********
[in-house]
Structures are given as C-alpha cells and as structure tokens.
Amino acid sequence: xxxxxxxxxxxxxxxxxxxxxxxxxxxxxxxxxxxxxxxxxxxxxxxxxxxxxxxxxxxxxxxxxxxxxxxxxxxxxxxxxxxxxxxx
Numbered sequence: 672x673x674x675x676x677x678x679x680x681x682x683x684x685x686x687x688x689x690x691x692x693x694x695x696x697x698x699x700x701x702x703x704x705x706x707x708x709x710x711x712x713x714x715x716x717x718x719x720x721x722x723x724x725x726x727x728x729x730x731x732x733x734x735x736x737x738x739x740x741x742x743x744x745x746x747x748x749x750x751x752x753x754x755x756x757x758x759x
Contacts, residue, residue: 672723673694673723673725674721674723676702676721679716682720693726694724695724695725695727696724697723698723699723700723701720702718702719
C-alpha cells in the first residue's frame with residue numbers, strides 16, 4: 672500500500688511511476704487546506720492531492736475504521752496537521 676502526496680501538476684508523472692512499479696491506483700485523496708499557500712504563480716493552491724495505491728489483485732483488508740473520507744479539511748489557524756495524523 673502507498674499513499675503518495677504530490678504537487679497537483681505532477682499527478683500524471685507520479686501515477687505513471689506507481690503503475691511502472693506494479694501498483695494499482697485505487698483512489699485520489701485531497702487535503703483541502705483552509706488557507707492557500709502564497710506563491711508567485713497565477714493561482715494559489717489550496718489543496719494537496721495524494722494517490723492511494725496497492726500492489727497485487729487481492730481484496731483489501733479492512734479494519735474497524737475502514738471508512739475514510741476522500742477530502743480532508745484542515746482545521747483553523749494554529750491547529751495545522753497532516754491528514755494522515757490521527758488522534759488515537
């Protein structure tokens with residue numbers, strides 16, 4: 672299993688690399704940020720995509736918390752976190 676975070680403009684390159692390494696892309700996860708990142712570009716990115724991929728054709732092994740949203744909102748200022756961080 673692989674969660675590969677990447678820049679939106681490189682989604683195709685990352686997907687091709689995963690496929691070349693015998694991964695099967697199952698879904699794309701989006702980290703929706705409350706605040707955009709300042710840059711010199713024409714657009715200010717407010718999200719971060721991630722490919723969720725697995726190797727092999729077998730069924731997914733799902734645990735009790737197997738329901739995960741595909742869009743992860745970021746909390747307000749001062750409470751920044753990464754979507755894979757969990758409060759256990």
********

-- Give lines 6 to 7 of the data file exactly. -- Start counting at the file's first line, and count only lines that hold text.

C-alpha cells in the first residue's frame with residue numbers, strides 16, 4: 672500500500688511511476704487546506720492531492736475504521752496537521 676502526496680501538476684508523472692512499479696491506483700485523496708499557500712504563480716493552491724495505491728489483485732483488508740473520507744479539511748489557524756495524523 673502507498674499513499675503518495677504530490678504537487679497537483681505532477682499527478683500524471685507520479686501515477687505513471689506507481690503503475691511502472693506494479694501498483695494499482697485505487698483512489699485520489701485531497702487535503703483541502705483552509706488557507707492557500709502564497710506563491711508567485713497565477714493561482715494559489717489550496718489543496719494537496721495524494722494517490723492511494725496497492726500492489727497485487729487481492730481484496731483489501733479492512734479494519735474497524737475502514738471508512739475514510741476522500742477530502743480532508745484542515746482545521747483553523749494554529750491547529751495545522753497532516754491528514755494522515757490521527758488522534759488515537
């Protein structure tokens with residue numbers, strides 16, 4: 672299993688690399704940020720995509736918390752976190 676975070680403009684390159692390494696892309700996860708990142712570009716990115724991929728054709732092994740949203744909102748200022756961080 673692989674969660675590969677990447678820049679939106681490189682989604683195709685990352686997907687091709689995963690496929691070349693015998694991964695099967697199952698879904699794309701989006702980290703929706705409350706605040707955009709300042710840059711010199713024409714657009715200010717407010718999200719971060721991630722490919723969720725697995726190797727092999729077998730069924731997914733799902734645990735009790737197997738329901739995960741595909742869009743992860745970021746909390747307000749001062750409470751920044753990464754979507755894979757969990758409060759256990």